Scholarship | Computer Science Handbook | Kent State University

Scholarship

Scholarship is an essential and critical component of University activity, and the originality, quality, impact and value of the candidate’s scholarship must be assessed. To facilitate this assessment, the candidate must provide the Ad Hoc RTP Committee with ample descriptive evidence of his / her scholarly activity. The candidate must also submit the names of at least five (5) experts in her / his field who are considered capable of judging the candidate's work. The Chair must then solicit, from the candidate’s Ad Hoc RTP Committee, a ranked list of at least three (3) experts in the candidate’s field who are considered capable of judging his / her work. The candidate must be given the opportunity to review the list from the Ad Hoc RTP Committee, and express any concerns he / she may have over particular people on this list. The Chair will then solicit reviews from at least three (3) experts on the candidate’s list and at least two (2) experts from the top three on the Ad Hoc RTP Committee’s list.

Evaluation of the quality of a faculty member’s research record include the quality and quantity of published work as well as the faculty member’s success in obtaining extramural funds. Since the attributes of scholarly activity may vary across disciplines, the candidate’s specific area of specialization may be a factor in the venues in which papers or articles are published; in the scope and time required for research and the resulting publications; and in the number and size of grants received. The external reviews are crucial for evaluating the appropriate scholarly activity for the candidate’s specific area.

In addition to scholarly publications and funded research, other scholarly activities should be considered. These may include, but are not limited to: serving on grant review panels, journal editorial boards, or conference program committees; chairing or serving on conference organizing or steering committees; and chairing or serving on committees or councils of professional societies or government agencies. These activities complement scholarly publications and funded research and are in addition to the normal faculty expectations such as holding membership in professional societies, staying current in the field, and other activities to enhance professional competency.

Different levels of scholarly activity are summarized in Table 5. The last column in this table summarizes the amount and type of activity typically required to reach each level, and may be useful to the candidate as a guide. However, candidates are cautioned that promotion decisions are based on the outcomes specified in the first column, not on the amount of activity expended.

Table 5. Kent Campus: Evaluation Components for Assessment of Scholarship for Promotion and Tenure

Level

Scholarship

Typical Activities

I

Nationally and internationally recognized research program

Sustained record of publications1, grant activity2, and professional service3

II

Emerging nationally or internationally recognized research program

Demonstrated record of publications1, grant activity2, and professional service3

III

Active research program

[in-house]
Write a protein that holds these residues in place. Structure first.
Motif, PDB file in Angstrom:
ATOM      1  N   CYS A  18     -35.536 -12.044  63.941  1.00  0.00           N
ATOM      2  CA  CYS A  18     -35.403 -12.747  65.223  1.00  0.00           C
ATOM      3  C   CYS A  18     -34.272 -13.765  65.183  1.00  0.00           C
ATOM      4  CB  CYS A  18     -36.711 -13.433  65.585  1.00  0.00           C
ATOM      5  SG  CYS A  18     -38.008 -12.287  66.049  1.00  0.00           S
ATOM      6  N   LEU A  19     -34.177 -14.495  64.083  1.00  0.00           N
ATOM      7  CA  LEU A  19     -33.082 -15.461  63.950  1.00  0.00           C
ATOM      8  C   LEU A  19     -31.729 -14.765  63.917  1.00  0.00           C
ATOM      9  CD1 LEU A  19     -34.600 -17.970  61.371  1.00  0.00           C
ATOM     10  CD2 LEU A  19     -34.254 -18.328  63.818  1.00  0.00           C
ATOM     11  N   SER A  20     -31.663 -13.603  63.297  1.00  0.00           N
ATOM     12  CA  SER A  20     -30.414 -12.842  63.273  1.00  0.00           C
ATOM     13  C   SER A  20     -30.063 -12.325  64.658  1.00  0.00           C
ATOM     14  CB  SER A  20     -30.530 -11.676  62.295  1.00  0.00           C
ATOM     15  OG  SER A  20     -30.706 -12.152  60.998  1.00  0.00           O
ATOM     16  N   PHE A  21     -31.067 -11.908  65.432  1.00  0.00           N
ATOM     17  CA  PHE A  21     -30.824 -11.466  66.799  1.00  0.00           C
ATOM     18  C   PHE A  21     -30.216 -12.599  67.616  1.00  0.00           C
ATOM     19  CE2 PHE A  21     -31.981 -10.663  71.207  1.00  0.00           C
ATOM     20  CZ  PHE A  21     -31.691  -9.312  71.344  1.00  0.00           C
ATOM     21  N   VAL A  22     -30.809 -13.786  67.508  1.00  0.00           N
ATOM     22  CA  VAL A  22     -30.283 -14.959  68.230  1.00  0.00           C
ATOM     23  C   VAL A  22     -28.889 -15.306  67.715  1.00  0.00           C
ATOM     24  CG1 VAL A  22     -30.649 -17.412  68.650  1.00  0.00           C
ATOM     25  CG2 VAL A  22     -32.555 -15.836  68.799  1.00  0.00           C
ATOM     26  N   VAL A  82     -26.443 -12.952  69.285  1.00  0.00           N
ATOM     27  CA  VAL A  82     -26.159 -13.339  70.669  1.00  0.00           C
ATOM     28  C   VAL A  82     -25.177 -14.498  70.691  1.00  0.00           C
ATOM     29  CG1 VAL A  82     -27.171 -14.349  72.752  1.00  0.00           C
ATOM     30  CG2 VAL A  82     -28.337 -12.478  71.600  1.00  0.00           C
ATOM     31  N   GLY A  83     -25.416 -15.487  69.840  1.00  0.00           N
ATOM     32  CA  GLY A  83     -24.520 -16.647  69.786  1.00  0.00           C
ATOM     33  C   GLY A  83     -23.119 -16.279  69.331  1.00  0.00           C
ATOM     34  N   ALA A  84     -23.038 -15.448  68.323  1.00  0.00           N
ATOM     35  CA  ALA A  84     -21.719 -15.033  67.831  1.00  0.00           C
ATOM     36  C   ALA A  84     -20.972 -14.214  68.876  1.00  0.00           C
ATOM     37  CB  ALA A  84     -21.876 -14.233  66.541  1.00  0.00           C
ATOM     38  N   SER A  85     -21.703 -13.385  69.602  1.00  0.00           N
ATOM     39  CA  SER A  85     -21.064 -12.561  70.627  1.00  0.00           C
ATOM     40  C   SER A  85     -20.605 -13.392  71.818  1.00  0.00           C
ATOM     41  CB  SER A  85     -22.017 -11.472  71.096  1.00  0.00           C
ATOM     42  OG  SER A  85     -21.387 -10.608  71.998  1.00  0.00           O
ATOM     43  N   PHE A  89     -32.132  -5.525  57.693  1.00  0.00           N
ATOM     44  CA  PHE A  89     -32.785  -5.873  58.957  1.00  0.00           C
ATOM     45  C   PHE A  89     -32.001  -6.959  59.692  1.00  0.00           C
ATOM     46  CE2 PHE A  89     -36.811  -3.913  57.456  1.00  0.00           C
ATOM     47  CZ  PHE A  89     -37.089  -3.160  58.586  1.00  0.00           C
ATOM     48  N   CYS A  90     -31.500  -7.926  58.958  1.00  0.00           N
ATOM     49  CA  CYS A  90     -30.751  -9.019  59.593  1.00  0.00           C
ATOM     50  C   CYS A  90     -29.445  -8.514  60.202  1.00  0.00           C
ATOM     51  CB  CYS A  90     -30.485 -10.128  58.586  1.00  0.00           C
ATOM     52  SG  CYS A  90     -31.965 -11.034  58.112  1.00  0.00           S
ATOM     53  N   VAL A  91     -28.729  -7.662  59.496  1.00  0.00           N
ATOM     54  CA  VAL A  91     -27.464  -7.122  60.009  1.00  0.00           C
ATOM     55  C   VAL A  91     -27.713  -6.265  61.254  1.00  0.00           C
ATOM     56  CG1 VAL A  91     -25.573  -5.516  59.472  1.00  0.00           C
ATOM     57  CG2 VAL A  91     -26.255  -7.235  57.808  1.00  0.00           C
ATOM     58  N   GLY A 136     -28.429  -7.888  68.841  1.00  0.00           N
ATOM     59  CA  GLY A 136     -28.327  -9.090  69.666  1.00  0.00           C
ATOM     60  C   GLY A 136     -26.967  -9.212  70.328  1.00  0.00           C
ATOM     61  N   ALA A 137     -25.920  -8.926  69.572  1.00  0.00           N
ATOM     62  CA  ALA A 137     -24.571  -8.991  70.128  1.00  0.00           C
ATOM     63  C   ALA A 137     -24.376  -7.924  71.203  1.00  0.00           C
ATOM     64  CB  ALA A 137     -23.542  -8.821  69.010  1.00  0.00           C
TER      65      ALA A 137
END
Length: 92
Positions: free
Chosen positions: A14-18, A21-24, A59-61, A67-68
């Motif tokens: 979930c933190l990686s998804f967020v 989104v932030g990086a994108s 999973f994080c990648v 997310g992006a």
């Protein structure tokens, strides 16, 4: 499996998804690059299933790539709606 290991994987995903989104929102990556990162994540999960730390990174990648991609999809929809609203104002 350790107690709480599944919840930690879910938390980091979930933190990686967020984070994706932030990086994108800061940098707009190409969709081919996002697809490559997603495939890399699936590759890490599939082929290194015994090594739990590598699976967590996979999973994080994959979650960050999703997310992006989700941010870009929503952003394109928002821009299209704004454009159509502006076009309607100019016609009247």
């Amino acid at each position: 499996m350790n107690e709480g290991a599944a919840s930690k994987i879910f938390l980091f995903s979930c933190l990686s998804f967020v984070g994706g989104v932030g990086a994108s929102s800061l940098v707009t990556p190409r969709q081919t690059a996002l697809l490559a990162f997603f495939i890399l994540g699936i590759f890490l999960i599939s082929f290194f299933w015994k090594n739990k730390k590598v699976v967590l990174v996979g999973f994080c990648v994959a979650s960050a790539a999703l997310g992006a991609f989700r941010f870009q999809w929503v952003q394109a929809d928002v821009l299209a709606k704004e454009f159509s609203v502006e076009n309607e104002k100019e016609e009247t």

Regular publications or grant activity

IV

Limited research program

Occasional publications or grant activity

V

No research program

No publications or grant activity

1Publications include journal articles, conference / symposium / workshop papers, books, book chapters, monographs, technical reports, posters, etc. Evaluation of a candidate’s publication record should consider (1) the type of publications common to the candidate’s discipline; (2) the quality of the publications (including the method of review, venue, sponsoring society, acceptance rate, or ranking if available); and / or (3) the recognition received for the specific publication (e.g., best paper awards, citation indexes appropriate to the field, for example Google Scholar or the ACM Digital Library).

2Grant activity refers to submitting grant proposals or receiving grants. Grants refer to extramural funding where the role of the faculty member in securing the funding is clearly demonstrated. Grants may include funding from Federal, State, or local government agencies, foundations, or industry. Grants may support students, postdocs, faculty salary, equipment, travel, or other items. Grants may support the candidate’s research or teaching, or may fund scholarships or infrastructure improvements. Grants may or may not include full Indirect Costs (“overhead”). Evaluation of a candidate’s funding record should consider (1) the availability and type of funding common to the candidate’s discipline; (2) the size and type of grants received and the candidate’s role in securing the funding; and (3) any unsuccessful attempts by the candidate to secure funding.

3Professional service includes serving on formal grant review panels, journal editorial boards, or conference program committees; reviewing grant proposals, articles, papers, or other publications; chairing or serving on conference organizing / steering committees; and chairing or serving on committees / boards / councils of professional societies or government agencies. Activities such as holding membership in professional societies, reading scholarly publications in the field, attending conferences, or other activities to enhance professional competency are considered part of a faculty member’s normal professional activity and are not considered as professional service.